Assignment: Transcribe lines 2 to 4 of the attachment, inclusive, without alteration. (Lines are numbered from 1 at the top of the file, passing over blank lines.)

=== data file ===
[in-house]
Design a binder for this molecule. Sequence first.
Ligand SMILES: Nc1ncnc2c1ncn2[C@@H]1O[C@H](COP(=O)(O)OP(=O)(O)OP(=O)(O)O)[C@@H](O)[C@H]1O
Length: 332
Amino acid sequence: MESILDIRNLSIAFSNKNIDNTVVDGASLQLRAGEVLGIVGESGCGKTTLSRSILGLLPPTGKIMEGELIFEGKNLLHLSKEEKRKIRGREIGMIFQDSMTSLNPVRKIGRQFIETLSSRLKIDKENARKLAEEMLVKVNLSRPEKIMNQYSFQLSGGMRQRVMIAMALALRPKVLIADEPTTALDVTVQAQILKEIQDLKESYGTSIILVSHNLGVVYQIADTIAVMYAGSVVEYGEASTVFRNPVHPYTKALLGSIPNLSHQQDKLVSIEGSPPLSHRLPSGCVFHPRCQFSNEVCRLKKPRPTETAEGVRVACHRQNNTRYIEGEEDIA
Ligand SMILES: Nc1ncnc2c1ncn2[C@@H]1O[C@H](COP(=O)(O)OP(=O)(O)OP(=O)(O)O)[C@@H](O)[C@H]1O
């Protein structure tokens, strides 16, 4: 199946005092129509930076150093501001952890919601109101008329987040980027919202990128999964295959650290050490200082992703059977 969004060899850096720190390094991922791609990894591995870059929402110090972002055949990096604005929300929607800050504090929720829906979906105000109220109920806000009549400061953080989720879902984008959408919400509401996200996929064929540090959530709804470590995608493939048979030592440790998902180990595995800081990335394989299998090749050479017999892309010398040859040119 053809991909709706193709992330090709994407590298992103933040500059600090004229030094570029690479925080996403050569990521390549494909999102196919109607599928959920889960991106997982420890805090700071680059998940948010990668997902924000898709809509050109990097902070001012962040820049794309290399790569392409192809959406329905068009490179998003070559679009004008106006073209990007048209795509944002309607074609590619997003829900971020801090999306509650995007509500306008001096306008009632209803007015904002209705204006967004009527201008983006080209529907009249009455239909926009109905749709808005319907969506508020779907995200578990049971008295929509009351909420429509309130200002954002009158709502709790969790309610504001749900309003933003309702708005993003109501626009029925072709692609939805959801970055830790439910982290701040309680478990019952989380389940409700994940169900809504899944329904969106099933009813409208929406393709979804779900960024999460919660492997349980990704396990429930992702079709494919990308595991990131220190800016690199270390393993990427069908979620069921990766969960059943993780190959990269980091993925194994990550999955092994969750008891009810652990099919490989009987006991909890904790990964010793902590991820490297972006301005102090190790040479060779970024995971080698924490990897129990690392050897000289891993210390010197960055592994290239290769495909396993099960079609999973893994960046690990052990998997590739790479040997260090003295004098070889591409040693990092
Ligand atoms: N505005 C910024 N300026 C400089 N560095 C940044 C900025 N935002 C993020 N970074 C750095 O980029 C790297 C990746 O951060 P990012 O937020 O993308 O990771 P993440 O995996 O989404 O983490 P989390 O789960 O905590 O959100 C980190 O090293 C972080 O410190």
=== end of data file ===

Design a binder for this molecule. Sequence first.
Ligand SMILES: Nc1ncnc2c1ncn2[C@@H]1O[C@H](COP(=O)(O)OP(=O)(O)OP(=O)(O)O)[C@@H](O)[C@H]1O
Length: 332